Tripp Isenhour, Golf Channel analyst and longtime friend of Lyle’s dating back to the duo’s days on the Web.com Tour, asked more than 80 Tour players, equipment representatives and caddies to send messages to Lyle, including Phil Mickelson and two-time heart transplant recipient Erik Compton.

“It lasted 42 minutes and I cried for 42 minutes,” Lyle said of the DVD.

In February 2013, nearly a year after being diagnosed the second time, Lyle loaded Lusi into a golf cart for the short drive to his home course in Torquay, Australia. He hit two drives off the first tee, both off the neck of the club and both into the fairway, had to collect Lusi after she’d tumbled into a greenside bunker and returned home after nine holes with a surprisingly upbeat assessment.

“He came through the door and said ‘Pack your bags, we’re going to America,’ ” laughed Briony. “He was that sure that his form was back from nine holes.”

A few rounds later he was back on the same roller coaster every professional rides. “All it took was for him to play a second round and walk through the door and say, ‘It’s alright, unpack your bags,’ ” Briony said.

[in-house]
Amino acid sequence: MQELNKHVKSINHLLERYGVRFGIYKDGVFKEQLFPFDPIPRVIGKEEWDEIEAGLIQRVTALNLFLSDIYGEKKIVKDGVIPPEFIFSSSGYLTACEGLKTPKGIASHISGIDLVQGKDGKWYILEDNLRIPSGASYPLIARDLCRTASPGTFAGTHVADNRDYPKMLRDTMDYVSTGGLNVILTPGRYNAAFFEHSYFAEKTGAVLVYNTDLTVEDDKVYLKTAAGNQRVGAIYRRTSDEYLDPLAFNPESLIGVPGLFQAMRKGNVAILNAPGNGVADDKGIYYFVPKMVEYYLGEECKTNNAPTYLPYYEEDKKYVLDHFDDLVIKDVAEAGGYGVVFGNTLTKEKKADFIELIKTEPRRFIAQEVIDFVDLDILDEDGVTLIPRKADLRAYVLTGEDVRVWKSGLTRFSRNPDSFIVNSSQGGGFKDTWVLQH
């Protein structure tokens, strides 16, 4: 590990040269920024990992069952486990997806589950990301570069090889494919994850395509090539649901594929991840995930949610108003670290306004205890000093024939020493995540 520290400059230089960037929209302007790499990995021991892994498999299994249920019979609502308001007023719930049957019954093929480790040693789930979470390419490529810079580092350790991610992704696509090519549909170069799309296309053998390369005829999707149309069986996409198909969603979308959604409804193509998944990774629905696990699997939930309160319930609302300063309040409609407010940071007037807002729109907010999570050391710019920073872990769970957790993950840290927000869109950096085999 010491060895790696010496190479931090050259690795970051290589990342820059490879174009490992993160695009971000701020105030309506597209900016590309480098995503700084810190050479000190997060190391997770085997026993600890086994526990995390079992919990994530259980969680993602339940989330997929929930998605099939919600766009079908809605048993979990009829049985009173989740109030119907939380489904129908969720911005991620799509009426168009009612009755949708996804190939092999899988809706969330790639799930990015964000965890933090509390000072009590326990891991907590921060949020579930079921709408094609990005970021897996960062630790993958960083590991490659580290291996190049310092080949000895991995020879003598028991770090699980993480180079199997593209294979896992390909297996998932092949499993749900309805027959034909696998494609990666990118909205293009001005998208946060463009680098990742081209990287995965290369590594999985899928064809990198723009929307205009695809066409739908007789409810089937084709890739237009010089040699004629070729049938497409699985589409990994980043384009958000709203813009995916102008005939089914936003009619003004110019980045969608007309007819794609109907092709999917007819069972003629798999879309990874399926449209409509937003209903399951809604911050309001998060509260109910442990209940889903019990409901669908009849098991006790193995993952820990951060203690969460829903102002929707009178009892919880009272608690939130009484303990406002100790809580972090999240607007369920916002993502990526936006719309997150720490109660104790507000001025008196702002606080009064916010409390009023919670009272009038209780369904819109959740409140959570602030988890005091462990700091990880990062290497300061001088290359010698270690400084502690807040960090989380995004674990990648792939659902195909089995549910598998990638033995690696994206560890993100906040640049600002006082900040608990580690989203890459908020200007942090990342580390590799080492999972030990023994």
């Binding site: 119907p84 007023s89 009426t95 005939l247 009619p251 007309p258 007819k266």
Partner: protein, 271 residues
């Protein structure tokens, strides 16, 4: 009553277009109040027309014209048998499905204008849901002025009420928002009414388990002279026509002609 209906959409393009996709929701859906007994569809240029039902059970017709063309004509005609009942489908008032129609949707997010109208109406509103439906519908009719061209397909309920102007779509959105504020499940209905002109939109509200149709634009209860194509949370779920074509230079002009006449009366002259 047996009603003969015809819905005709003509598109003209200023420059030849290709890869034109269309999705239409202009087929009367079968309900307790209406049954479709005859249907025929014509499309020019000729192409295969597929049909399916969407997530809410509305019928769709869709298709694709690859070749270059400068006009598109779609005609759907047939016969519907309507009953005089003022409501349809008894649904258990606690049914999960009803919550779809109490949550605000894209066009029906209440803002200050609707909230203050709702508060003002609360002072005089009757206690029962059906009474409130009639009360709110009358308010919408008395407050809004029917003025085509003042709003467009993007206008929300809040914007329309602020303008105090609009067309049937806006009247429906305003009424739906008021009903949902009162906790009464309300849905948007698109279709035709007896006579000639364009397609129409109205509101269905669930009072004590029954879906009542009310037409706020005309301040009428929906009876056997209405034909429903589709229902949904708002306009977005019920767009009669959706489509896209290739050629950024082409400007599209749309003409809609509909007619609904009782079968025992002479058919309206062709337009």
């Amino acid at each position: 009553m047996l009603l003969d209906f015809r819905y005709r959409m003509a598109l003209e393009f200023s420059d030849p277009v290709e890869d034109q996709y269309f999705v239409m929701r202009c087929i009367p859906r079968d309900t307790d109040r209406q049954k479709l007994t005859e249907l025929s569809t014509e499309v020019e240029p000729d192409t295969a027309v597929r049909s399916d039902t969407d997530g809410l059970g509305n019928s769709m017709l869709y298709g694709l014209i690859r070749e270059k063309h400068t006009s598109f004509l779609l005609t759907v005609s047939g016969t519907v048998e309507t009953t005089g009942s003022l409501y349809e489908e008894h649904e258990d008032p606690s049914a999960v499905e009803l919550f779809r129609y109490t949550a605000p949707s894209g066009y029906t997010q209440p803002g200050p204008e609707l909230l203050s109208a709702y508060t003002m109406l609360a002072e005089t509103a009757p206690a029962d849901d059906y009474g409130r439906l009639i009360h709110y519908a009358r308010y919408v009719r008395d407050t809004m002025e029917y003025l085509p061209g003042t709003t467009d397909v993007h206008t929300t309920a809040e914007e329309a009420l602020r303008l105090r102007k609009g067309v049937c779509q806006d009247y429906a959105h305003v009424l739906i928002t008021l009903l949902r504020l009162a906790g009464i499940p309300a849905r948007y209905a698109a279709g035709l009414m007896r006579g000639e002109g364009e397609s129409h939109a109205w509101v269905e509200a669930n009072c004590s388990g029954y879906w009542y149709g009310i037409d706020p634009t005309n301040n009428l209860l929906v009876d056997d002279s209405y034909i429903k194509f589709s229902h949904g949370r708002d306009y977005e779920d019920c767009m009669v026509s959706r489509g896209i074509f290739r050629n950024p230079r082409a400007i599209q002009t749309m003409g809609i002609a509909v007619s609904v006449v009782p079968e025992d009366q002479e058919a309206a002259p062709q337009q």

With time, and a healthy amount of patience, Lyle’s good rounds started to outnumber the bad. His mind drifted to the Australian Masters at Royal Melbourne, where he’d played much of his amateur golf and the site of his professional breakthrough when he tied for third place at the 2005 Heineken Open.

In the days prior to the Australian Masters it wasn’t his game, or the emotional wave that awaited him on the first tee, that worried Lyle so much as his lack of stamina.

Lyle had walked 18 holes for four consecutive days just twice before his return and that was back home in Torquay where he was free of the emotional drain that was to come.